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5 Reasons to Skip College

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This is a Devil's Advocate post.

USAF Academy Graduation Hat Hurray Toss, Thunderbird Fly OverWhen I was younger, the plan for my future was pretty straightforward. You go to high school to learn, get good grades, and get into a good college. You go to college to get good grades and then get a good job. After that, just circle the mouse wheel until retirement. OK, that last part about the wheel was my own addition but that basically was my “job” as a kid. That plan worked for me and it’s the path many people have walked with great success, but it’s not the only path.

With the government looking at additional regulation on the for-profit colleges, I started to wonder again whether college is “worth it.” In general, it is. However, recently with all these for-profit schools, a lot of people are going to college unnecessarily. They’re being promised things that the schools can’t deliver. They’re being sold something they don’t need, depending on what they want to do, and they’re only buying it because we’ve put “college” on a pedestal. In this Devil’s Advocate post, I explain why you might want to skip college.

Most Colleges Don’t Teach Skill Trades

Colleges are good at teaching things best learned in a classroom or a laboratory. Philosophy, chemistry, physics, mathematics, psychology, and such. They are not as good at teaching skill trades like being a mechanic or a welder or a fisherman. For skill trades, you are better off going the route of an apprenticeship or a vocational school that specializes in that skill trade.

If you go to college and get a degree in business only to graduate and become a fisherman, you’re wasting your money. That’s not to say a degree in business is bad for someone who is a car mechanic, but you don’t need to spend all that money and four years in a classroom when all the skills you need to learn are best learned hands on in a shop. A fisherman should, if he or she chooses to, go back to school for a business degree if it makes sense. But he or she should not go simply because everyone says he or she should go.

Not Everyone Finishes College

This entire post was inspired by this article in the New York Times that is advocating that some people skip college. One of the scariest bits of information they shared was a projection from the Department of Education. “Perhaps no more than half of those who began a four-year bachelor’s degree program in the fall of 2006 will get that degree within six years…”

Let’s say 50% of people complete the program within 6 years, that means 50% of people don’t finish and are paying for something that they won’t ever receive. That also means that a percentage of the people who do finish will be overpaying, since it will take them longer than the stated four years. What’s amazing about that statistic is that it screams one pivotal idea – not everyone is suited for college.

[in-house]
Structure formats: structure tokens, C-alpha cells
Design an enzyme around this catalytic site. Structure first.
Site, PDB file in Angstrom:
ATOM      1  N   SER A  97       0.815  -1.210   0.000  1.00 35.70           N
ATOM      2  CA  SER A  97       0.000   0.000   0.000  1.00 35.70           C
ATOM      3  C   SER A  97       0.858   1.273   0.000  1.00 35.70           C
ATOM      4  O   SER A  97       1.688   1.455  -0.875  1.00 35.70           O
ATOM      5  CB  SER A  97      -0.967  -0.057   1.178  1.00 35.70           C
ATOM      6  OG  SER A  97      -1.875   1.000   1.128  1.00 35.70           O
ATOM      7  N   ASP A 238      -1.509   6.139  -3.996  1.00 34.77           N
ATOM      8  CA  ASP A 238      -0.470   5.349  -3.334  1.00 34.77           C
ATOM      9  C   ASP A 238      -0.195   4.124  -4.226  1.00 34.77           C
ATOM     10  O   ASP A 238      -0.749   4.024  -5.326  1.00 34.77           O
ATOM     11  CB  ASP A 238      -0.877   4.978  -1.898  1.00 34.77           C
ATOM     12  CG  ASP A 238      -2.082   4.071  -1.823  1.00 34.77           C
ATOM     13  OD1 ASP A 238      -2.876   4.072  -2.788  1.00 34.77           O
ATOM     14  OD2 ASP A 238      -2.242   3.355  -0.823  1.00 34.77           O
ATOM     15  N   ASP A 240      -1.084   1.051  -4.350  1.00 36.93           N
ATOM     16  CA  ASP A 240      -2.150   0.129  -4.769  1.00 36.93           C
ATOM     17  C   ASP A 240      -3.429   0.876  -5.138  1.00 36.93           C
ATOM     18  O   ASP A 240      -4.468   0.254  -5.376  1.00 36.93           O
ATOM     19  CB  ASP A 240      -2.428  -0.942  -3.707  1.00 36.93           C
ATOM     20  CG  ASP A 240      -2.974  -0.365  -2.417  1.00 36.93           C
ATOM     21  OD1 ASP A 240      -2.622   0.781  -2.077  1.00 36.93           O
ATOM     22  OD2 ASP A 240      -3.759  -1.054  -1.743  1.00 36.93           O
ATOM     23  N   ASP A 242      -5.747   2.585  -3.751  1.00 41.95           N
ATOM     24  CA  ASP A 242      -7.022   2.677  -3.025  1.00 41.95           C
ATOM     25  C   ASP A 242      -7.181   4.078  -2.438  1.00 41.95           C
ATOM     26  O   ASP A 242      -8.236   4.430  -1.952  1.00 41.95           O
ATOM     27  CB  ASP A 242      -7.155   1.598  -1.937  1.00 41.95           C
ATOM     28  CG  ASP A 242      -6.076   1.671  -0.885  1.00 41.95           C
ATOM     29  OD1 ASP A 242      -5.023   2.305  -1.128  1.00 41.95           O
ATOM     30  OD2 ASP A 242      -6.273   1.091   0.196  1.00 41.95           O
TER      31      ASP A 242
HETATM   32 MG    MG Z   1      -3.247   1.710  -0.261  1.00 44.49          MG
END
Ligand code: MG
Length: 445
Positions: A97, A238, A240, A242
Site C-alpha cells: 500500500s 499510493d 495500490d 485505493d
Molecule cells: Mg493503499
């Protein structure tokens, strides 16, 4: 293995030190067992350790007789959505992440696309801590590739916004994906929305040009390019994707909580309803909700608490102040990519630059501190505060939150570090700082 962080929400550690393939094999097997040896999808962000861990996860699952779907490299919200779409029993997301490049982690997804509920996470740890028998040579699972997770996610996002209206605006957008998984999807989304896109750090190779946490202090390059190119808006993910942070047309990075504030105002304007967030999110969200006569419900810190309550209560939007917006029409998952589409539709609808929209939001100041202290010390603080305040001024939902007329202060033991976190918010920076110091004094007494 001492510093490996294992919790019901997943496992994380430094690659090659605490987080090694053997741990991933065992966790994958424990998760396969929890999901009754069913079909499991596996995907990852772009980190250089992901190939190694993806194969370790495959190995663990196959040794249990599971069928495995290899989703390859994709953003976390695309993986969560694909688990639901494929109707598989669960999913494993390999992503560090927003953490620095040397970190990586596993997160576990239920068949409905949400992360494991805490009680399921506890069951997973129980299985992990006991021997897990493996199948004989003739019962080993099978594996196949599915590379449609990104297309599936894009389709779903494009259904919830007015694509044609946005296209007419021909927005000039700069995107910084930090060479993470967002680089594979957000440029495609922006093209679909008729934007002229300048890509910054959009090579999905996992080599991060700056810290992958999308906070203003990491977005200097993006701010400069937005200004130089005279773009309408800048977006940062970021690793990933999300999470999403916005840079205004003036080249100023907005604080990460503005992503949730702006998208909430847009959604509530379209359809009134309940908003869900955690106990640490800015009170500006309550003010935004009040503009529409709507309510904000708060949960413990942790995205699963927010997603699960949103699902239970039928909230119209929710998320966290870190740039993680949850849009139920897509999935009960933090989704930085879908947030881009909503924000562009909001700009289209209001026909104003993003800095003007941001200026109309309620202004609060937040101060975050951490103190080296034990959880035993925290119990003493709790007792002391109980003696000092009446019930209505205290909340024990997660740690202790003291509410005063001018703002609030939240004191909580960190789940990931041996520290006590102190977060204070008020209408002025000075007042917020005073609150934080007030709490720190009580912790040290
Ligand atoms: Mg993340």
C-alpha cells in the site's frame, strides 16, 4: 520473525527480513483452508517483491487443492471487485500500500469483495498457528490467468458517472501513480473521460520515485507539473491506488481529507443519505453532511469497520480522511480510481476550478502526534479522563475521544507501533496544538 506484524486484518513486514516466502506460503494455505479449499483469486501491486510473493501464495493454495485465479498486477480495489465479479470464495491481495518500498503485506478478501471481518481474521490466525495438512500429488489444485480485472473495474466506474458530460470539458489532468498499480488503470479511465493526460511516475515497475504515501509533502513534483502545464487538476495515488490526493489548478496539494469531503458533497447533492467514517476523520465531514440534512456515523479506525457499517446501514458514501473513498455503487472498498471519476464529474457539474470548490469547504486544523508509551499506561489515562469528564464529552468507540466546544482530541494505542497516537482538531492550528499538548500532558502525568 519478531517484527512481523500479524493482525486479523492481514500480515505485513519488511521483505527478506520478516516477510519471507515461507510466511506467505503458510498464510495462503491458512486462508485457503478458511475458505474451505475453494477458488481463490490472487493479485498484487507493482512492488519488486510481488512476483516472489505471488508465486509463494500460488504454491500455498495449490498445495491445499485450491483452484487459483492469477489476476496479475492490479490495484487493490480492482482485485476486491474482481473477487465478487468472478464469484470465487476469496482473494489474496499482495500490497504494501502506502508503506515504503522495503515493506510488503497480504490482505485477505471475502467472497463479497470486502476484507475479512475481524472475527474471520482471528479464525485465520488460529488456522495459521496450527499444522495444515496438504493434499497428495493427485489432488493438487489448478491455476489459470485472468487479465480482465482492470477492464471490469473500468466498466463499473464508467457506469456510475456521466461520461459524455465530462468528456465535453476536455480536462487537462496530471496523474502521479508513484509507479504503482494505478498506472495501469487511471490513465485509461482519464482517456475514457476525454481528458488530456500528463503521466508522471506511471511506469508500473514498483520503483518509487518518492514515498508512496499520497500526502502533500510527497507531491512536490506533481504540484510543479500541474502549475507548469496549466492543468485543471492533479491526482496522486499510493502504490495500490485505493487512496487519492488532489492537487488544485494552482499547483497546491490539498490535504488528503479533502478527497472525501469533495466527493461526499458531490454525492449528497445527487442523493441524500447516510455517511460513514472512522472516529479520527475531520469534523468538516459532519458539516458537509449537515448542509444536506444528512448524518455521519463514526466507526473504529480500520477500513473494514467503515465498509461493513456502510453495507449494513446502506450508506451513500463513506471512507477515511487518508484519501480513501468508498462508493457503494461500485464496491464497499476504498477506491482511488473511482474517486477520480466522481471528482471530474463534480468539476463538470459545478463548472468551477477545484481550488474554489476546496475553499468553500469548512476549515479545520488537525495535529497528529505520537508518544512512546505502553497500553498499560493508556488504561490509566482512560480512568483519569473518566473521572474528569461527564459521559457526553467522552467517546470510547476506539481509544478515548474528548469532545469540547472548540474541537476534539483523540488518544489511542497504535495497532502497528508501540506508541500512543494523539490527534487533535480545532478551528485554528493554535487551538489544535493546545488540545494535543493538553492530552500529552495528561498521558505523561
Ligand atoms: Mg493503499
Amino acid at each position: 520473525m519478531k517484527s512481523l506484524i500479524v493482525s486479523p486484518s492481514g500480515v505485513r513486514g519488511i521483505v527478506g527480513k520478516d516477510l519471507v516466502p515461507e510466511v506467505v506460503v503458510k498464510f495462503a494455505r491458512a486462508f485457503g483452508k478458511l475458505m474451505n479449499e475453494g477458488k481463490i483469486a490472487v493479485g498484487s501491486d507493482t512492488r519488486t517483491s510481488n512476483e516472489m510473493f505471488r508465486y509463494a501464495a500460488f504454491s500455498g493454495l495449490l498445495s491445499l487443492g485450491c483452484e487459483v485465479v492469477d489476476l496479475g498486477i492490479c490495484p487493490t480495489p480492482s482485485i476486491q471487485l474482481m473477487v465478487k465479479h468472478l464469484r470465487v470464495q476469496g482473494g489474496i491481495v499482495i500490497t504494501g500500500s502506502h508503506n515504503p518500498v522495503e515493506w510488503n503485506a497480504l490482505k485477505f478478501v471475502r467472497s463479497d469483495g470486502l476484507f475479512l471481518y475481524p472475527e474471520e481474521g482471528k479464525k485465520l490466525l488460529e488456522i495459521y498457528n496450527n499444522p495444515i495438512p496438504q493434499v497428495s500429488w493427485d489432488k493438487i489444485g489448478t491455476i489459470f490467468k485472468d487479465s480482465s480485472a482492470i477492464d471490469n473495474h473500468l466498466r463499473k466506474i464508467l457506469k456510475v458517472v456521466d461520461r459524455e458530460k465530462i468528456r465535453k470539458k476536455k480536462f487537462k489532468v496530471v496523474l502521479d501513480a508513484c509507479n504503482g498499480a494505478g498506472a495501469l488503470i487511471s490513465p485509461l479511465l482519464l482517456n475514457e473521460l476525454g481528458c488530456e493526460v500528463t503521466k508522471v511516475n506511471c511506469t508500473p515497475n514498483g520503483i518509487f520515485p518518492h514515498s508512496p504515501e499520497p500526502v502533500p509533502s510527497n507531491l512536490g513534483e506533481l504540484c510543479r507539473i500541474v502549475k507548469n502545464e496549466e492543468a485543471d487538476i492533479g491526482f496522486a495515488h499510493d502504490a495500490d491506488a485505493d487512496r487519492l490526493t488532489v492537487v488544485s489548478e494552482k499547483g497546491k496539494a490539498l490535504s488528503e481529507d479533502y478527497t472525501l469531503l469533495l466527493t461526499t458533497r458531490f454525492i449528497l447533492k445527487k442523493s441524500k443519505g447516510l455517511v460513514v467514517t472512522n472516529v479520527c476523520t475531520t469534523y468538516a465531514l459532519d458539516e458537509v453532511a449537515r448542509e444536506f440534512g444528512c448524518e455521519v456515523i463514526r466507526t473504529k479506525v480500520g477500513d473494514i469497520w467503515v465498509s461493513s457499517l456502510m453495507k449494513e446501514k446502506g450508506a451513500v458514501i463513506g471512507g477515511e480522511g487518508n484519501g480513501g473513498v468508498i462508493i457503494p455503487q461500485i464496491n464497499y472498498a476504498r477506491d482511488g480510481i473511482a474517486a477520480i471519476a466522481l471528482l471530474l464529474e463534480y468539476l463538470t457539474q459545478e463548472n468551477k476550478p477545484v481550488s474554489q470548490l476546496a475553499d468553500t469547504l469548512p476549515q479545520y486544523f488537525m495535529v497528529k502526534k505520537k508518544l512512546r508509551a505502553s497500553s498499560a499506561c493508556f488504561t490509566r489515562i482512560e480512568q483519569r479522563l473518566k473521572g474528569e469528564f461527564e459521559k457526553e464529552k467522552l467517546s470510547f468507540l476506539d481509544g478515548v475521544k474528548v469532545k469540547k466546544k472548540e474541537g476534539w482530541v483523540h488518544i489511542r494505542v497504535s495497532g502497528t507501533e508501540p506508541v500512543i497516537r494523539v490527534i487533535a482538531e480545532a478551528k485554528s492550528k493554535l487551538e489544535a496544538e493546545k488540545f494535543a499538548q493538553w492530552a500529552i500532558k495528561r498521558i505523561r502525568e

The problem is you can’t expect kids to know this because they haven’t been to college. They haven’t charted out their futures. That’s why you really need to rely on an honest and capable high school guidance counselor to help you decide what you should actually do.

Opportunity Cost of 4 Years

The average cost of college in 2009-2010 is $26,273 a year for a private college, $7,020 for a public college according to College Board. That means over four years you’ll have spent over $100,000 at a private school and $28,000 at a public school. When you consider the opportunity cost of not working for four years, coupled with the $100k/$28k actual cost, a college graduate is very much deep in the financial hole.

According to data from U.S. Census Bureau, the average high school graduate makes $30,400 a year. The average bachelor’s degree makes $52,200. How long does it take for the college graduate to catch up considering they’ve paid $100,000+ and haven’t been pulling a salary for four years (totaling $121,200). It takes a long time.

You Can’t Afford It

Student loan debt figures are at all time highs. Why is it socially acceptable to tell people “you can’t afford that Maserati” or “you can’t buy a 10 bedroom home” when they can’t, but not OK to say the same about college? Why is credit card debt so bad when student loan debt is good? People are graduating with a hundred thousand dollar student loan debts, which can’t be discharged in bankruptcy, and saddling themselves with multi-hundred dollar loan payments.

You should not go to college if you cannot afford it. This would be different if we weren’t surrounded by horror stories of student loan debt. These are stories of graduates who can’t find jobs and must meet a small mortgage payment each month. You hear about a philosophy major with $50,000 in debt and no job prospects. The reality is that they shouldn’t have gone to that school to pursue that major… it wasn’t worth it and they couldn’t afford it.

You Don’t Want To